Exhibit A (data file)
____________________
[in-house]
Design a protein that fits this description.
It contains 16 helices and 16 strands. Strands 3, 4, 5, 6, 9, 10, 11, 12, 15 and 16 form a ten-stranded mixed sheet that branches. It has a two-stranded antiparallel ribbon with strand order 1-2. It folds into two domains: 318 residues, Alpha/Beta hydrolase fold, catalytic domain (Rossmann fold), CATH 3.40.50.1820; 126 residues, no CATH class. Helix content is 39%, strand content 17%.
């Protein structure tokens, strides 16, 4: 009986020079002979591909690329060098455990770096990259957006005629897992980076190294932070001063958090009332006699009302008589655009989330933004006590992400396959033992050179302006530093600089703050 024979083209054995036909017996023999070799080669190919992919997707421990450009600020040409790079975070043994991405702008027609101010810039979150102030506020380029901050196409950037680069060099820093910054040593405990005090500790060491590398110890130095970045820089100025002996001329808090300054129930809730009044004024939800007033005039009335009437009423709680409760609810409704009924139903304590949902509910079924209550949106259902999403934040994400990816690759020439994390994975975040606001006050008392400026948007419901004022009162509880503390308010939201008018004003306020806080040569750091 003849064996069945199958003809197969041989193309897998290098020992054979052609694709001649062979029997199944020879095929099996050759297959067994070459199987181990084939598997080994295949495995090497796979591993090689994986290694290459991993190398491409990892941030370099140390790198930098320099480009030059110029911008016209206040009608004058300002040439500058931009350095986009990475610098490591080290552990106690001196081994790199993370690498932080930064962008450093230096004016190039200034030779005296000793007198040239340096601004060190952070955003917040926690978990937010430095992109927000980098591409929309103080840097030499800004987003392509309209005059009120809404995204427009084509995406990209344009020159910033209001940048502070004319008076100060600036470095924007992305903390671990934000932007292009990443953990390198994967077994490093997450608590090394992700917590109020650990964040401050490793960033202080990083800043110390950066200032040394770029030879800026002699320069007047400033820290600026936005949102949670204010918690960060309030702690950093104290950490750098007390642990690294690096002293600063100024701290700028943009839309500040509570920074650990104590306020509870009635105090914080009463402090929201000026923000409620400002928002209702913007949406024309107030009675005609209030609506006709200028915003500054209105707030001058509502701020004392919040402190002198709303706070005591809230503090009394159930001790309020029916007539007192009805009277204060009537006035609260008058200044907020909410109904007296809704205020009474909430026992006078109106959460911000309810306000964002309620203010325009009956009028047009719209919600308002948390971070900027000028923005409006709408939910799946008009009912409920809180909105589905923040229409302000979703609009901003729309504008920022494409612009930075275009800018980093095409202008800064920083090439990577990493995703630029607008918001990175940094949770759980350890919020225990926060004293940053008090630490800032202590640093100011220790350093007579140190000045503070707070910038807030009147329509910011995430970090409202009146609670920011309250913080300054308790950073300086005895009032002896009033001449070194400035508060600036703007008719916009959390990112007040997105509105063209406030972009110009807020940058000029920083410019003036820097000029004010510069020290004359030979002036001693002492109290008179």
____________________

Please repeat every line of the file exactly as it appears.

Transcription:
[in-house]
Design a protein that fits this description.
It contains 16 helices and 16 strands. Strands 3, 4, 5, 6, 9, 10, 11, 12, 15 and 16 form a ten-stranded mixed sheet that branches. It has a two-stranded antiparallel ribbon with strand order 1-2. It folds into two domains: 318 residues, Alpha/Beta hydrolase fold, catalytic domain (Rossmann fold), CATH 3.40.50.1820; 126 residues, no CATH class. Helix content is 39%, strand content 17%.
């Protein structure tokens, strides 16, 4: 009986020079002979591909690329060098455990770096990259957006005629897992980076190294932070001063958090009332006699009302008589655009989330933004006590992400396959033992050179302006530093600089703050 024979083209054995036909017996023999070799080669190919992919997707421990450009600020040409790079975070043994991405702008027609101010810039979150102030506020380029901050196409950037680069060099820093910054040593405990005090500790060491590398110890130095970045820089100025002996001329808090300054129930809730009044004024939800007033005039009335009437009423709680409760609810409704009924139903304590949902509910079924209550949106259902999403934040994400990816690759020439994390994975975040606001006050008392400026948007419901004022009162509880503390308010939201008018004003306020806080040569750091 003849064996069945199958003809197969041989193309897998290098020992054979052609694709001649062979029997199944020879095929099996050759297959067994070459199987181990084939598997080994295949495995090497796979591993090689994986290694290459991993190398491409990892941030370099140390790198930098320099480009030059110029911008016209206040009608004058300002040439500058931009350095986009990475610098490591080290552990106690001196081994790199993370690498932080930064962008450093230096004016190039200034030779005296000793007198040239340096601004060190952070955003917040926690978990937010430095992109927000980098591409929309103080840097030499800004987003392509309209005059009120809404995204427009084509995406990209344009020159910033209001940048502070004319008076100060600036470095924007992305903390671990934000932007292009990443953990390198994967077994490093997450608590090394992700917590109020650990964040401050490793960033202080990083800043110390950066200032040394770029030879800026002699320069007047400033820290600026936005949102949670204010918690960060309030702690950093104290950490750098007390642990690294690096002293600063100024701290700028943009839309500040509570920074650990104590306020509870009635105090914080009463402090929201000026923000409620400002928002209702913007949406024309107030009675005609209030609506006709200028915003500054209105707030001058509502701020004392919040402190002198709303706070005591809230503090009394159930001790309020029916007539007192009805009277204060009537006035609260008058200044907020909410109904007296809704205020009474909430026992006078109106959460911000309810306000964002309620203010325009009956009028047009719209919600308002948390971070900027000028923005409006709408939910799946008009009912409920809180909105589905923040229409302000979703609009901003729309504008920022494409612009930075275009800018980093095409202008800064920083090439990577990493995703630029607008918001990175940094949770759980350890919020225990926060004293940053008090630490800032202590640093100011220790350093007579140190000045503070707070910038807030009147329509910011995430970090409202009146609670920011309250913080300054308790950073300086005895009032002896009033001449070194400035508060600036703007008719916009959390990112007040997105509105063209406030972009110009807020940058000029920083410019003036820097000029004010510069020290004359030979002036001693002492109290008179």